Sean Colley can remember the time when the Danbury boys soccer program was a perennial state power. He was a student at the school when it won back to back state titles in 1997-98 — Colley’s cousin, Jason Weinheimer, scored the game-winner in the first, against Guilford.
“I loved soccer and played in the youth leagues but when I got to the high school it was loaded with talent,” Colley recalled. “I was a baseball player.”
Now Colley is a dean at the school and in his eighth year as the Hatters’ soccer coach. And the program, which played in seven state and six league finals between 1987-98, has not added to the school’s trophy case since.
It remains to be seen whether that will change this season, but the buzz that greeted Danbury when practice started in August has carried over following a 4-0-1 start.
“Obviously this is the first time in my eight years here that people were talking about us before the season started,” Colley said. “It’s a little different going from the underdog to people talking about us, but the kids have responded to it.”
That was most evident over the past four days. The Hatters displayed their talent on Saturday with a 2-1 win over defending league champion Greenwich. On Tuesday, they showed they also have the mental maturity to handle their elevated status by following with a 2-0 shutout of St. Joseph.
“Playing St. Joseph, they are a very smart team and not easy to break down,” Colley said. “It was a great win and a great win coming off of Greenwich.”
Danbury has seven starters back from a year ago. Forward Esteban Vazquez is leading the team with five goals, while midfielder/forward Edison Matute has done an excellent job creating and finishing, with two goals and three assists. Goalkeeper Ian Shannon, a junior and three-year starter, has spearheaded a defensive unit that has allowed just three goals.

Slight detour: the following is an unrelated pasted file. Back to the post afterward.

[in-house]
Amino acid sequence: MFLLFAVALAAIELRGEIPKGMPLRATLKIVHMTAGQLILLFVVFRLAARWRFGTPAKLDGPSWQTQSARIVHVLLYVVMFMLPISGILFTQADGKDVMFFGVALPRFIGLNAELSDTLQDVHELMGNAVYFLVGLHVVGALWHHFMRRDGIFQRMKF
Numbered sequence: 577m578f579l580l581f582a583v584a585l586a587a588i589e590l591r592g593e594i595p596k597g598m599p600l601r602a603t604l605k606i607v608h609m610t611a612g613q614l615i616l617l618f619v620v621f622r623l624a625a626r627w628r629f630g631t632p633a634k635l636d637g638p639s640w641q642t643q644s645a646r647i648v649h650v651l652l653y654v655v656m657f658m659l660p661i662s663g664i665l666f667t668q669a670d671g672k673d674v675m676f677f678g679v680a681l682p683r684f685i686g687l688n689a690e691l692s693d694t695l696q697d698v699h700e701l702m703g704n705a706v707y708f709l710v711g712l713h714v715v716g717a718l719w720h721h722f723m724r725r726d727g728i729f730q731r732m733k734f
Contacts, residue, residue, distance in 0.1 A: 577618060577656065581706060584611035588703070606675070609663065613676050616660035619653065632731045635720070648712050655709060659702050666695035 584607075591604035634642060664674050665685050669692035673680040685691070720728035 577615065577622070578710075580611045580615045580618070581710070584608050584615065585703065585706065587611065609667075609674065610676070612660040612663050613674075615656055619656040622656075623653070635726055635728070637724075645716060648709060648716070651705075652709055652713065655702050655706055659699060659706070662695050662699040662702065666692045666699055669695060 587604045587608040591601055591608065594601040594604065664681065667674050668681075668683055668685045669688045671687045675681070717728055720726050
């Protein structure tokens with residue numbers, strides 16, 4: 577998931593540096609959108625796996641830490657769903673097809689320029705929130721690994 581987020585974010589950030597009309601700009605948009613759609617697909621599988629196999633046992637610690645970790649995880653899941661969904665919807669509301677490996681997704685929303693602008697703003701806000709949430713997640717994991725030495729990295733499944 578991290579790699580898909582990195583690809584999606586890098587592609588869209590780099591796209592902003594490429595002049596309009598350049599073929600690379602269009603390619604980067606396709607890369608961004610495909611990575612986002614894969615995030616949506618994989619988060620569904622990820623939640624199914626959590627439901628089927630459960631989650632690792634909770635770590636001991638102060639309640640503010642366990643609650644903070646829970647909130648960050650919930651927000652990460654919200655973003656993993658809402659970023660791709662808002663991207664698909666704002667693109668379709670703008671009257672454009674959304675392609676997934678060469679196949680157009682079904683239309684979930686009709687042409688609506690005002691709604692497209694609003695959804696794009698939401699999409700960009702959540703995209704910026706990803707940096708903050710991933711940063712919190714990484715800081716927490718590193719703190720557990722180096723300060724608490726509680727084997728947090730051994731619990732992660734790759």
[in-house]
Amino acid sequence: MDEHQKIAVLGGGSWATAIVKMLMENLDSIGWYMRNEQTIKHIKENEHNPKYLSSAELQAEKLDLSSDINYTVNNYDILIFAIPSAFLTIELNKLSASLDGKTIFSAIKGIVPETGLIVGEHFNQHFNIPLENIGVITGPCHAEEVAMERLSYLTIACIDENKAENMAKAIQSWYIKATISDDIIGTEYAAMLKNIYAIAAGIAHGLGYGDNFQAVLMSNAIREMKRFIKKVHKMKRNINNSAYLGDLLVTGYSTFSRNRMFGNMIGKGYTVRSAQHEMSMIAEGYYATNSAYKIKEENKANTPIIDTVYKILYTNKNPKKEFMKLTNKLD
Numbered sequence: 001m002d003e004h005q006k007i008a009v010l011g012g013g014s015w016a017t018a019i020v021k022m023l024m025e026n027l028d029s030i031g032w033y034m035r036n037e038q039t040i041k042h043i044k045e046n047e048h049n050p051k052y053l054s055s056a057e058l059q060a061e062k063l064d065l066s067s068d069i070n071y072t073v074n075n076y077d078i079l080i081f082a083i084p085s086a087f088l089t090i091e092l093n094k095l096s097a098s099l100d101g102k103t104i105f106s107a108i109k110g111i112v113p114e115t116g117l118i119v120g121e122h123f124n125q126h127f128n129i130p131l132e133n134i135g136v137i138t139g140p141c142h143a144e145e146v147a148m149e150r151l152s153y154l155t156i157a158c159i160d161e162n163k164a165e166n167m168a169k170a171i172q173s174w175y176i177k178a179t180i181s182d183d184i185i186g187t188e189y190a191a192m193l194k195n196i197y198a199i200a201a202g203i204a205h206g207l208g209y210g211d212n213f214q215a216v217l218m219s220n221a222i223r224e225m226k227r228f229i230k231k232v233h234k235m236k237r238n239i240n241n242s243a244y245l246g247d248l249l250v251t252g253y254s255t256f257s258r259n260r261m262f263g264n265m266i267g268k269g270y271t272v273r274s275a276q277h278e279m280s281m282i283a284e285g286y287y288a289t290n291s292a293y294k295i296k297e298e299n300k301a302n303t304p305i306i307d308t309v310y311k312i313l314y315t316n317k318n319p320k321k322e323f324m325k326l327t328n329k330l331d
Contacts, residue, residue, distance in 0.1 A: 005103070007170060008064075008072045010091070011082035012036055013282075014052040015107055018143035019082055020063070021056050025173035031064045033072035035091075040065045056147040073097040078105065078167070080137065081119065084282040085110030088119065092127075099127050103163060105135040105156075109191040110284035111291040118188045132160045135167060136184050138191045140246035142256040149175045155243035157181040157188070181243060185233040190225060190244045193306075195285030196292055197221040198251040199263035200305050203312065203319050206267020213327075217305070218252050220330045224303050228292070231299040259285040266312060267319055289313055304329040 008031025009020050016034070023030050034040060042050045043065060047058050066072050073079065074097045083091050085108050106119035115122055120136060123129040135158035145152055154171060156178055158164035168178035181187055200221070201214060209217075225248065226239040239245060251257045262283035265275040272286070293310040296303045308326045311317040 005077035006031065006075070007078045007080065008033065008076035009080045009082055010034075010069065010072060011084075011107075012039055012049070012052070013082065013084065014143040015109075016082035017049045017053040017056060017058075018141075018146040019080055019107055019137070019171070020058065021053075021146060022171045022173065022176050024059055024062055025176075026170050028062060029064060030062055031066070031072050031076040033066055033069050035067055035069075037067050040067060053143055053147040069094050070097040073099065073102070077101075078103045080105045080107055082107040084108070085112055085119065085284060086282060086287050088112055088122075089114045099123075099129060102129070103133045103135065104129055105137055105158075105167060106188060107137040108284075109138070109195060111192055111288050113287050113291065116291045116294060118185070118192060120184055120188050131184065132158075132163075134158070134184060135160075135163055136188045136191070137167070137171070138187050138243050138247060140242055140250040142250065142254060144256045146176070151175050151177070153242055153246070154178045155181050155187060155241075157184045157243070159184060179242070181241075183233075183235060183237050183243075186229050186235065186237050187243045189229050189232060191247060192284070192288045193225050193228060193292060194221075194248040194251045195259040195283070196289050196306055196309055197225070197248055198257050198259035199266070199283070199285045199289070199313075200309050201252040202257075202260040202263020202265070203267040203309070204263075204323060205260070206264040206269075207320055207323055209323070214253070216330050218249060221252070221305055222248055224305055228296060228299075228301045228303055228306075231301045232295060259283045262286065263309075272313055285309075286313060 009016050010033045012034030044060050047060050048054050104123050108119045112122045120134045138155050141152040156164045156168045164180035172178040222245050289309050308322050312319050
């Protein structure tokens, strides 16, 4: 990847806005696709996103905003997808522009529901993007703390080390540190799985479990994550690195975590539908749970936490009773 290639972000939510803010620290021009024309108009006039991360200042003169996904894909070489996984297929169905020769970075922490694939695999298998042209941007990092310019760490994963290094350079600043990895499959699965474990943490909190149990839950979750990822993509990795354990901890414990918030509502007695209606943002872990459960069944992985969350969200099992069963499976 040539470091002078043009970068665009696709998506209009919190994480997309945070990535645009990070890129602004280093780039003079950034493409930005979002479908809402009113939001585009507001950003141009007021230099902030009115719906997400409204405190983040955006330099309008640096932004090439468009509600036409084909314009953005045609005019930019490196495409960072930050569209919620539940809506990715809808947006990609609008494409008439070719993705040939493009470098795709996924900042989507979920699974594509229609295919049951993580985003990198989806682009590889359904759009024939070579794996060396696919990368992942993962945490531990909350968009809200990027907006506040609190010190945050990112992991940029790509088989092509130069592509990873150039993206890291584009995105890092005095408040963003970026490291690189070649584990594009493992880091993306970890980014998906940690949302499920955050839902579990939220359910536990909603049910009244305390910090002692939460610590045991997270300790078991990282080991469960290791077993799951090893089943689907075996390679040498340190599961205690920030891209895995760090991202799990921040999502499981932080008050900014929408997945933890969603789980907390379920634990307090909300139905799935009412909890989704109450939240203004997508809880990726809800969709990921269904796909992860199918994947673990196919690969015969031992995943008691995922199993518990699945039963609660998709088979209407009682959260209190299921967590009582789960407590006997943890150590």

Danbury’s lone non-win was a 1-1 draw with Staples, another league favorite.
“We have four games in seven days and all of them matter, it doesn’t matter who we are playing against,” Colley said.
Danbury has qualified for the FCIAC Tournament just once during Colley’s tenure, in 2012. On two other occasions, it lost out on tiebreakers for the final seed.
Right now the question isn’t whether the Hatters will be playing for the conference title, but can they continue to provide the answers that will lead to the first addition to the trophy case in 16 years.
One For The Books At Staples
Dan Woog thought he had run out of “firsts” at Staples. He has been associated with the program for 44 years — as a former player, assistant and currently the head coach. Woog once even covered the team for the Westport News.
Woog, the de facto team historian, got another one of those “firsts” on Monday night — the first time the Wreckers overcame a three-goal deficit.
In one of the wilder games in recent memory, between two respected programs, Staples fell behind Ridgefield, 3-0, in the first 23 minutes, then rallied furiously to come away with a 4-3 victory.
“In all my years at Staples I’ve never seen anything like it,” Woog said. “Nothing like this.”
All the more remarkable is the Wreckers (3-1-1) went ahead in the same blur they fell behind.
The Tigers’ goals came in a span of 10 minutes. Staples’ came in 30. Andrew Puchala, who missed the start of the season with an injury, scored a hat trick, including the game-winner off a set piece.
His first goal, before halftime, ignited the comeback.
“For 20 minutes there Ridgefield just hammered us,” Woog said. “The atmosphere up there at Tiger Hollow is great for Ridgefield and they really take advantage of it.”
During halftime, Tom Henske, the Wreckers’ goalkeeper coach, ripped into the players.
“He lit into them for not standing up for themselves,” Woog said. “My thing was they got three goals in 20 minutes, we could get three back plus one and win it. It was good cop-bad cop. I was the good cop. We could come back and write a page in our history book.”
Staples did just that.
“I told them after this is a lesson they will carry with them always,” Woog said. “Not just on the soccer field, but whenever they have a problem they can say, hey, I can figure this out.”
The season has reached the one-third mark, and right now the overall storyline is a league of haves and have-nots, with a lot of balance among the haves.
Heading into Tuesday’s games, there were eight teams with either zero or one loss, and nine teams with zero or one win.
The landscape will change as the teams up top start playing one another, but right now there is certainly no prohibitive favorite and the playoffs could be wide open, with not a lot of difference between the seeds.
Academy soccer sadly has taken a lot of the best players out of the league. That has served as a great equalizer.